Biden highlights the threat to democracy at D-Day 80th anniversary

President Biden and key U.S. allies are in Normandy to commemorate the 80th anniversary of the US-led allied forces’ D-Day invasion of Nazi-occupied France. Biden joined French President Emmanuel Macron, British Prime Minister Rishi Sunak and Canadian Prime Minister Justin Trudeau to mark the most significant victory of the Western allies in the war.

The brazen air and sea invasion would mark the beginning of the end of World War II. It was the largest amphibious invasion in history and launched a campaign that laid the foundations for the Allied defeat of Nazi Germany in World War II less than a year later.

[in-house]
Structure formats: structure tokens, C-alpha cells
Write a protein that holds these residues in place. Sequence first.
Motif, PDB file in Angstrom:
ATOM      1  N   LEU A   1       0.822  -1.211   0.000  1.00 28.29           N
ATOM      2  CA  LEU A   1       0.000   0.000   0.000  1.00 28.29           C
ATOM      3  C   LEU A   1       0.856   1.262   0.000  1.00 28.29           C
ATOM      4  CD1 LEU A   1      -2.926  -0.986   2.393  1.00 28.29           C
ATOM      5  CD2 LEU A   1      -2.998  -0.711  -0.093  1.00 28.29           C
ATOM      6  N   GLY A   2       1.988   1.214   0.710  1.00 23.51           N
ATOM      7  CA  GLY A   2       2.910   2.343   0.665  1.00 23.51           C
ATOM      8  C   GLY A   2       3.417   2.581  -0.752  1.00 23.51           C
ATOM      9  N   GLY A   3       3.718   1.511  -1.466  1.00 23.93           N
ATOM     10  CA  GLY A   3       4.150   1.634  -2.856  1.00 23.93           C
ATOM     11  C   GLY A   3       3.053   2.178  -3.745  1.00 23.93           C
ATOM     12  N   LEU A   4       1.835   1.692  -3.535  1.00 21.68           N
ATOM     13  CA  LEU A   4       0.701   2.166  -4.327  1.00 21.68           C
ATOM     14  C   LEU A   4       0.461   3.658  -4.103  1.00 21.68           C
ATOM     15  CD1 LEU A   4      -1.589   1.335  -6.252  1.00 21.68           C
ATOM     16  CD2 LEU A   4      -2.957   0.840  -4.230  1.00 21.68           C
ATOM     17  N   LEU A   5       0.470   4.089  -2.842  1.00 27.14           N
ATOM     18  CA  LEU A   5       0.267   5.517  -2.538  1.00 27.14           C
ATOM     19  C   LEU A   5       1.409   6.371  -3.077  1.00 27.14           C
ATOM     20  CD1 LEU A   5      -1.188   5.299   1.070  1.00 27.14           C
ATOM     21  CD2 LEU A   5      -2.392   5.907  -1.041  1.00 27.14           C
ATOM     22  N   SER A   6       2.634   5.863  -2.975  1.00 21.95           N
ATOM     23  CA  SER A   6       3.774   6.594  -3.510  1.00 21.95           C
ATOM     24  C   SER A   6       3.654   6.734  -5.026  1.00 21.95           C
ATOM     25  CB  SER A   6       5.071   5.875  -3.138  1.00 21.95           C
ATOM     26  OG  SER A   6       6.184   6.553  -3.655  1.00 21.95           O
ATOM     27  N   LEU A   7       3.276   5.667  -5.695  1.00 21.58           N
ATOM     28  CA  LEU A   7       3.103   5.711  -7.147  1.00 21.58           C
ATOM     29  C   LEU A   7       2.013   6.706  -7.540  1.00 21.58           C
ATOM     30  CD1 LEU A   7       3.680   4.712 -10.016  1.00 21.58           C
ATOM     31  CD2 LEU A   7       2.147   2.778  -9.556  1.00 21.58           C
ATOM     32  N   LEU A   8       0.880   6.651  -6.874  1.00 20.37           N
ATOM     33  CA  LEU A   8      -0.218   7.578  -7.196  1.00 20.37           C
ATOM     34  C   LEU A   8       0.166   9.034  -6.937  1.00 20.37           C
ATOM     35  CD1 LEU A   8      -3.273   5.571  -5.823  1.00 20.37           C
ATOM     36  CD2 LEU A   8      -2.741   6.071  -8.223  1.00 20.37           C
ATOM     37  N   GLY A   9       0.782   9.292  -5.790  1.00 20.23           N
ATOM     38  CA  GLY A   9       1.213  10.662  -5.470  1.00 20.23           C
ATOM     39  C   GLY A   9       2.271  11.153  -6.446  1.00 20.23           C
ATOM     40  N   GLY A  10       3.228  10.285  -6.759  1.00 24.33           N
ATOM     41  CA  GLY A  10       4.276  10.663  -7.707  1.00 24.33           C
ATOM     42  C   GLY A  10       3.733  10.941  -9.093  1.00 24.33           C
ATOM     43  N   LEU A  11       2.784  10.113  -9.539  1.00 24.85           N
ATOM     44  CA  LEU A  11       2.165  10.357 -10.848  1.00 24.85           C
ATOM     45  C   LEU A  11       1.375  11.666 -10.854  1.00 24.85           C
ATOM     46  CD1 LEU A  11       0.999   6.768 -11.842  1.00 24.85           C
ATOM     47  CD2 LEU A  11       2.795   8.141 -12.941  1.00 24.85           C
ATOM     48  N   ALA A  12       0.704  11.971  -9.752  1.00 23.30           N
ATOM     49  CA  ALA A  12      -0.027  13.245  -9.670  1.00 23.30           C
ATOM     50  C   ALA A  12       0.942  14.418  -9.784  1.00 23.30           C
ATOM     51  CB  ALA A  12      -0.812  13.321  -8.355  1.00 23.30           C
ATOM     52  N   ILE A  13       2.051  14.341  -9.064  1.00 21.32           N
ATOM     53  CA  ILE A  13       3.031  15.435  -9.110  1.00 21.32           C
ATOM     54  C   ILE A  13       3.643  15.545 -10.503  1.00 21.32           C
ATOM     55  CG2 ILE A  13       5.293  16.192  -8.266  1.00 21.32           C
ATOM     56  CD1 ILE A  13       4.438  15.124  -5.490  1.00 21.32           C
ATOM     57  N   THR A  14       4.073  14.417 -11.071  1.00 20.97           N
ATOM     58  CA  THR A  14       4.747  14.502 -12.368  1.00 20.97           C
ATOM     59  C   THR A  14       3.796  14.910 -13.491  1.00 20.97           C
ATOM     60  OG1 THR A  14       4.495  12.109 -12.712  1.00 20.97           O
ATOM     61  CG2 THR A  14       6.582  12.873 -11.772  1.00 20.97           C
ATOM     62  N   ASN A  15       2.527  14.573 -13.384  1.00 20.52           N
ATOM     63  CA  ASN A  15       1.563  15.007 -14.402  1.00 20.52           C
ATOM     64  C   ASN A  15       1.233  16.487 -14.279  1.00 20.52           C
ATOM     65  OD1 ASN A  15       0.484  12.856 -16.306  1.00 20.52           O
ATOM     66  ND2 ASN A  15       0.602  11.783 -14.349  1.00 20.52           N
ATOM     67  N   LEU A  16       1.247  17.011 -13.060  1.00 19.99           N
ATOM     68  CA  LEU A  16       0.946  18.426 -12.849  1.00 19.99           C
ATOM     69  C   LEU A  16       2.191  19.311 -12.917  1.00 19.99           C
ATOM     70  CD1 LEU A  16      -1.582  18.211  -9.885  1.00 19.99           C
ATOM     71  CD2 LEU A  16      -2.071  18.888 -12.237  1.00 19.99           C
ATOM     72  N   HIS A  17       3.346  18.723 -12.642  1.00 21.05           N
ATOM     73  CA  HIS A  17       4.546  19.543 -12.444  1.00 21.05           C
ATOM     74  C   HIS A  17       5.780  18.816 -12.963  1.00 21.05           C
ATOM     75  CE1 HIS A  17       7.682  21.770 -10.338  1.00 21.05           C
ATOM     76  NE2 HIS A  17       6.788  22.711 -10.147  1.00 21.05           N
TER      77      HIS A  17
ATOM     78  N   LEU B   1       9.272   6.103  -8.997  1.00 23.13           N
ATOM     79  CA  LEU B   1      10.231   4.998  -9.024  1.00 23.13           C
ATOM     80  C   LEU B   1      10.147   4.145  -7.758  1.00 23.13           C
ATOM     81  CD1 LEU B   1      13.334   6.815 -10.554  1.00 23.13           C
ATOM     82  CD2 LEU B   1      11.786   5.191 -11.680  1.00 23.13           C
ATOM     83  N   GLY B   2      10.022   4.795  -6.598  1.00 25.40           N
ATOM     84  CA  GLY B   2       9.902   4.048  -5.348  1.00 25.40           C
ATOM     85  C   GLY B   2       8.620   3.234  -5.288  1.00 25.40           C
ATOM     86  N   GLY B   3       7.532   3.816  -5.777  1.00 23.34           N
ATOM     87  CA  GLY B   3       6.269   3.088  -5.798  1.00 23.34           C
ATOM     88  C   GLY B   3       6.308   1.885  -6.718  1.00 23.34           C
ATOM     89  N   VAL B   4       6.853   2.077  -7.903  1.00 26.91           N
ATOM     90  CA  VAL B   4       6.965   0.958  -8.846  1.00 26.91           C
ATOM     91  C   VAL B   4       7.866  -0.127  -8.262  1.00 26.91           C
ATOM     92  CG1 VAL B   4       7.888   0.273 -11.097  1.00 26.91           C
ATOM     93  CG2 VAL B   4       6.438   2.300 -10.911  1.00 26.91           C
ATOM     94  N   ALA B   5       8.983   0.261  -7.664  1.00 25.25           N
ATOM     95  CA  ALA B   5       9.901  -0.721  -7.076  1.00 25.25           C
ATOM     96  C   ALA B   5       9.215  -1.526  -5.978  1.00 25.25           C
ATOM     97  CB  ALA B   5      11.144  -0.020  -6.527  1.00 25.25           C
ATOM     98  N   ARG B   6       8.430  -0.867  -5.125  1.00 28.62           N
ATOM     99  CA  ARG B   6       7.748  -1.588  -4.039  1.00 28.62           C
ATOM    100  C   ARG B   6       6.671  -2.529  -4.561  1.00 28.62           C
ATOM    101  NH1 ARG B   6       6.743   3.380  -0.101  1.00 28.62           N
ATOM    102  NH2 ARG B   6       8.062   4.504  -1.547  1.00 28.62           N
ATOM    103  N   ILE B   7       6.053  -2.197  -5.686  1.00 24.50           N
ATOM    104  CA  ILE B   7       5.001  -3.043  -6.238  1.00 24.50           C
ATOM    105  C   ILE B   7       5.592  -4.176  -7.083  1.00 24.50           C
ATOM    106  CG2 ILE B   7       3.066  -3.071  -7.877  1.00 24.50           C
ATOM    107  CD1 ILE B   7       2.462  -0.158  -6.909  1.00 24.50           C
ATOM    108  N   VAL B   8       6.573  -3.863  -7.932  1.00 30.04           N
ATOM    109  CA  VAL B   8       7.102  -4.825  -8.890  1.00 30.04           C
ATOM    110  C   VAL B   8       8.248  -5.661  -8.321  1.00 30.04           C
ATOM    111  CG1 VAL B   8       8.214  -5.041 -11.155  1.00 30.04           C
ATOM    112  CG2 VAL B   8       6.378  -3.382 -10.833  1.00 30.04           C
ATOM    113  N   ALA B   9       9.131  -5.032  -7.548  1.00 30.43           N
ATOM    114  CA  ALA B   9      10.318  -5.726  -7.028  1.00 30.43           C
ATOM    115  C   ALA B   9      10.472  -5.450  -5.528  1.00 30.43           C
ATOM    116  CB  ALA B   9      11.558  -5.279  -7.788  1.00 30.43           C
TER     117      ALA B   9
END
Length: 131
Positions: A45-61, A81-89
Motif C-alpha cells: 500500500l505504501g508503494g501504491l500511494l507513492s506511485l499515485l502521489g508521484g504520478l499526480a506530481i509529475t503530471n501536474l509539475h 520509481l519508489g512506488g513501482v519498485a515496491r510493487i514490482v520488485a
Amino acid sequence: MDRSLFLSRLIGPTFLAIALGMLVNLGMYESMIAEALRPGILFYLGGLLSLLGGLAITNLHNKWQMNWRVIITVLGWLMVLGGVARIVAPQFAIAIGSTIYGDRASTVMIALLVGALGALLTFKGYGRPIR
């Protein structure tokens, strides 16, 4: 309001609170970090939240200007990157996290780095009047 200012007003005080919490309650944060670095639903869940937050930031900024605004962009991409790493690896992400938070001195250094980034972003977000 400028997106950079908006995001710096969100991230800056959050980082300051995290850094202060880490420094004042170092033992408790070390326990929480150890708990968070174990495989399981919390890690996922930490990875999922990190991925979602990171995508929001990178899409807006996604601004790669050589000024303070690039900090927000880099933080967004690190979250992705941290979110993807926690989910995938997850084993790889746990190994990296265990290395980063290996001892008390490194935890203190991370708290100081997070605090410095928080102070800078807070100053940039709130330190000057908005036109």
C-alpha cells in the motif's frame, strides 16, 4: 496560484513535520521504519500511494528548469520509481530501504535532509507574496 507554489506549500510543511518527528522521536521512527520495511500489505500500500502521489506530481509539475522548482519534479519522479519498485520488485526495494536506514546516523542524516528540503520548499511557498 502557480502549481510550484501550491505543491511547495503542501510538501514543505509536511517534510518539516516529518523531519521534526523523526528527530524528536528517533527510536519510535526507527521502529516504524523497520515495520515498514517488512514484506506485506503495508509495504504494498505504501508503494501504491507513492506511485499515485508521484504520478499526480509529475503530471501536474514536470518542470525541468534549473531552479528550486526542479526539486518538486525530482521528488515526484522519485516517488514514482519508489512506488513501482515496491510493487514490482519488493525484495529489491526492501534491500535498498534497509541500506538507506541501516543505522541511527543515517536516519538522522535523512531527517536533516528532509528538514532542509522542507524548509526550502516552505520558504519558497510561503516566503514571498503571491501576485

“What the allies did here 80 years ago, far surpassed anything we could have done on our own,” Biden said in remarks. “Together, we won the war.”

“The men who fought here became heroes — given an audacious mission, knowing the probability of dying was real,” he said. “But they did it anyway, knowing without a doubt there are things worth fighting and dying for. Freedom, worth it. Democracy worth it. America worth it. Then, now and always.”

Biden drew a parallel between the events that led to D-Day and the fight for Ukraine. “The struggle between a dictatorship and freedom is unending,” Biden said. He then went on to highlight the plight of Ukraine, which he said he been “invaded by a tyrant”. “Ukrainians are fighting with extraordinary courage, suffering great losses but never backing down,” Biden said.

The US president claimed that 350,000 Russian troops had been killed or wounded in the conflict and that nearly 1 million people had fled Russia since it launched its full-scale invasion against Ukraine in February 2022. The Kremlin has not publicly confirmed either figure.

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